The digital side is clearly faring well, but I have to wonder about whether we will see a “third day” offering from Shortlist Media. Rumour has it the company almost bought free magazine Sport when it came up a few years ago.

“There are always mumblings about another title,” Soutar laughs. “It’s true to say that we are pretty much constantly testing and researching because we have ambitions to launch things.

“We were in discussions to buy Sport, but it came down to a choice between acquiring Sport or launching Stylist. In retrospect we could have done both, but it would have been too much risk for the business. When you’re planning to expand, every launch and acquisition is a calculated risk – if it wasn’t we’d be doing it all the time!”

How about international expansion? “Without going into too much detail, we have been very close on a couple of occasions to signing a deal to work with partners abroad,” he says.

“We are not a big enough company to make a move wholly on our own so it is all about finding the right partner. I said it this time last year - and I was wrong - but I’ll say it again: you will definitely see an overseas launch over the coming year.”

Disrupting the norm in media

With this kind of success under his belt, you might expect to find a rather more conceited person sitting behind the desk, but you don’t.

“I’ve always built on my mistakes. I’ve seen really great people working on something that goes downhill just because the market has moved away from it, and they’ve gotten really depressed. On the other side I’ve seen things fly and people walk around being incredibly arrogant because they think it was down to them,” he says.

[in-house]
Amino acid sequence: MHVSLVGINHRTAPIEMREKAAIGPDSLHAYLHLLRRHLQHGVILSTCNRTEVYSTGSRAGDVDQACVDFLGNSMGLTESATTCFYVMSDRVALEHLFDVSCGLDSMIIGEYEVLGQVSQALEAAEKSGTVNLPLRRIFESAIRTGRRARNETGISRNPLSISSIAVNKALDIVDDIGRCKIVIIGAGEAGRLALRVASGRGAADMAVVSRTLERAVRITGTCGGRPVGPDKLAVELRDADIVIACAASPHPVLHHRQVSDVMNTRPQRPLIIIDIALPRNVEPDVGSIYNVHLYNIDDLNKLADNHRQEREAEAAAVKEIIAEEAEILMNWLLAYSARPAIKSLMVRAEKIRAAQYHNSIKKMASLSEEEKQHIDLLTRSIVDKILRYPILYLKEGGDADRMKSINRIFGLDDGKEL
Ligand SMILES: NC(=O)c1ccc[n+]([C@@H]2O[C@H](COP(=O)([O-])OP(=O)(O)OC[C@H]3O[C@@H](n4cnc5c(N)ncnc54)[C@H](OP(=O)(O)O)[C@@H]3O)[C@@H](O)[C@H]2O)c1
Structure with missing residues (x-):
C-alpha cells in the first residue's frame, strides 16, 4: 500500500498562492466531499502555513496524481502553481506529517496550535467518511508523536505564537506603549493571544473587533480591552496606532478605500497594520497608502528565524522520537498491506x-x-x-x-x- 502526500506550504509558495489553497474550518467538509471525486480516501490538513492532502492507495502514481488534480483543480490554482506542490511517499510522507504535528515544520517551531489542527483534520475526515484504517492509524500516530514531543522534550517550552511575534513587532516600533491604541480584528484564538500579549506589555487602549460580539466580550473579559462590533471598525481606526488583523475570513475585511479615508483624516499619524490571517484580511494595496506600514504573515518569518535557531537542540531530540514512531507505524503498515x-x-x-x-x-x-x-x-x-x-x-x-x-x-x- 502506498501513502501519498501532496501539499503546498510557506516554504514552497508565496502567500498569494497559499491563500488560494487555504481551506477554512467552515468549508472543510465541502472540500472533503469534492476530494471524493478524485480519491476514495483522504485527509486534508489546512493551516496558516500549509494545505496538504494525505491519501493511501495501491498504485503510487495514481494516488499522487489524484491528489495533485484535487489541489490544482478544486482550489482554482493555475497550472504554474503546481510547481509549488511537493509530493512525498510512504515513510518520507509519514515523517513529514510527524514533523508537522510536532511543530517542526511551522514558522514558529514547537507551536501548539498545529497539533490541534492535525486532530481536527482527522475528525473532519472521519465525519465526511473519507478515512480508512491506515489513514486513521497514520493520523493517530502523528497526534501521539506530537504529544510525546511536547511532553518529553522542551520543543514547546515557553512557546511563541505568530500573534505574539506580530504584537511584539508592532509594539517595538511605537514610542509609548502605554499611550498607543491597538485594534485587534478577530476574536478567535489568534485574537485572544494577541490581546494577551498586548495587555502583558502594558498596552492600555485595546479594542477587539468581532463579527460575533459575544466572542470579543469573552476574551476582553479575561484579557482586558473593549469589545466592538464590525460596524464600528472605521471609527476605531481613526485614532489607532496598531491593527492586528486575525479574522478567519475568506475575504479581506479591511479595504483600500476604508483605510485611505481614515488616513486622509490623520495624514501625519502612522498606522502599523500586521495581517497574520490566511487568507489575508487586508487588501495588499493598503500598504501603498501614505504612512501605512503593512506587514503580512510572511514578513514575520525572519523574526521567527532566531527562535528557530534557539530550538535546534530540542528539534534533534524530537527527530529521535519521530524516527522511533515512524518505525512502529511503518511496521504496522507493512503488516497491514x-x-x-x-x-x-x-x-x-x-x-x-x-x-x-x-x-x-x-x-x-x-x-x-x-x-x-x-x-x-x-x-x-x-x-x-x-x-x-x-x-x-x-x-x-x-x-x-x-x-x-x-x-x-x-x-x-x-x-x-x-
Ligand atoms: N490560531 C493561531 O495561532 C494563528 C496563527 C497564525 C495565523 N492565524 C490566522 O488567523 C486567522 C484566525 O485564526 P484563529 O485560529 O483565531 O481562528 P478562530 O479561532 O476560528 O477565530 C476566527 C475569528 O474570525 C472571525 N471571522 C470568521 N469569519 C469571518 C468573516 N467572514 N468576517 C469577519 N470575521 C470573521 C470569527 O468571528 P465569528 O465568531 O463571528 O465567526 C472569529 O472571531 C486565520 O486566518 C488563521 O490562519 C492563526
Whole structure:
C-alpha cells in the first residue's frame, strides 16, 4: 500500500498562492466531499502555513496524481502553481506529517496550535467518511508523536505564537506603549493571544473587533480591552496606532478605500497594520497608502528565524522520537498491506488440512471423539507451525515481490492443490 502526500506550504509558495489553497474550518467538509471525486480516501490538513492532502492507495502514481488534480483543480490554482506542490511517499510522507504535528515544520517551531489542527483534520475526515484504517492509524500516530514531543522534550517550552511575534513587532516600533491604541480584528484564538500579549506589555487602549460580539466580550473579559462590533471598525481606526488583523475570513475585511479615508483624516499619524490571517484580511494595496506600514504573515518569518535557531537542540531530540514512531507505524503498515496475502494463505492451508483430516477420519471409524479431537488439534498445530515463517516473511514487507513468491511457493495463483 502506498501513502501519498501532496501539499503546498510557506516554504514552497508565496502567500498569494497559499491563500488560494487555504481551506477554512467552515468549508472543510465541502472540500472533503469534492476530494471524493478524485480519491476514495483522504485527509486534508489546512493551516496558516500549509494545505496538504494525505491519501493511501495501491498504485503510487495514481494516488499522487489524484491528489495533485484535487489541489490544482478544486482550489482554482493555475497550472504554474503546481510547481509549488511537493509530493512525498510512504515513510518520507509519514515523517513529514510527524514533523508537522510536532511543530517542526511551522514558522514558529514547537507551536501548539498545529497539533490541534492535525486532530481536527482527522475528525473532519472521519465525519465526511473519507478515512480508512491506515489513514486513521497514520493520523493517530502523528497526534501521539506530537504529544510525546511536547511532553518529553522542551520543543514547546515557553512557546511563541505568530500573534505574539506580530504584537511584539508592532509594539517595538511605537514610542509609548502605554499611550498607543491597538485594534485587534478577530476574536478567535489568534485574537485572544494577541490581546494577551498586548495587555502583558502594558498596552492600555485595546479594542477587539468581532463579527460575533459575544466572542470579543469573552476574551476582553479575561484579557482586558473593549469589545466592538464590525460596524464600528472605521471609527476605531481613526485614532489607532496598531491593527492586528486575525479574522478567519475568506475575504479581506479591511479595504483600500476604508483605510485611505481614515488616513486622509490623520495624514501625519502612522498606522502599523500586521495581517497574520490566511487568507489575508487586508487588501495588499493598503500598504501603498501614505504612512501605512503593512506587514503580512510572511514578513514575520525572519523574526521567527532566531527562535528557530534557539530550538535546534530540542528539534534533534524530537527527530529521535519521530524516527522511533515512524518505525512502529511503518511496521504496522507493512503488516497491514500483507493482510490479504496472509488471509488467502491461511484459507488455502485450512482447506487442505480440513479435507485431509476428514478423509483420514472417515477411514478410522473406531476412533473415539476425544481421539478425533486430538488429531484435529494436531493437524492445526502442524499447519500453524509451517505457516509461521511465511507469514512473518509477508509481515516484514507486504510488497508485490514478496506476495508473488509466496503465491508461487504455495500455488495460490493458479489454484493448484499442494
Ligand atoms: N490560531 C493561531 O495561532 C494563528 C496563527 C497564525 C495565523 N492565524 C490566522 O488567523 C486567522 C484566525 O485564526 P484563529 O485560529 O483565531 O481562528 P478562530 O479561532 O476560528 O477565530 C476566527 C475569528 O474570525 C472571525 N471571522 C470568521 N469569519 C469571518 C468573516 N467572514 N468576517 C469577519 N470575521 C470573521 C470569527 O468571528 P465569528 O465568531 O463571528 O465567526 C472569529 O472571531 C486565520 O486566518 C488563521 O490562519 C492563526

Soutar’s experience in the industry has helped him create an extremely agile, insurgent start-up that isn’t afraid to take risks.

“I think it’s brilliant: these are free magazines, which means they are free from the conventions and rules that constrain paid-for titles. We are able to play with covers - we do amazing things on covers - and themes.

“Lisa Smosarski (Stylist’s editor) decided to take the enormous risk of creating an issue where every single piece of content was provided by the readers. It was a massive leap of faith and it delivered. She organised it and ran a campaign that galvanised our creative audience.

“No-body has ever done that kind of thing before. It doesn’t exist elsewhere.”

Who knows if Soutar and his media empire will have the revolutionary power of David Bailey, the great photographer hanging over his head. Soutar is certainly giving it his best shot. In an industry dogged with bad news, closures and job loses, stories like this are a welcome glimmer in the gloom.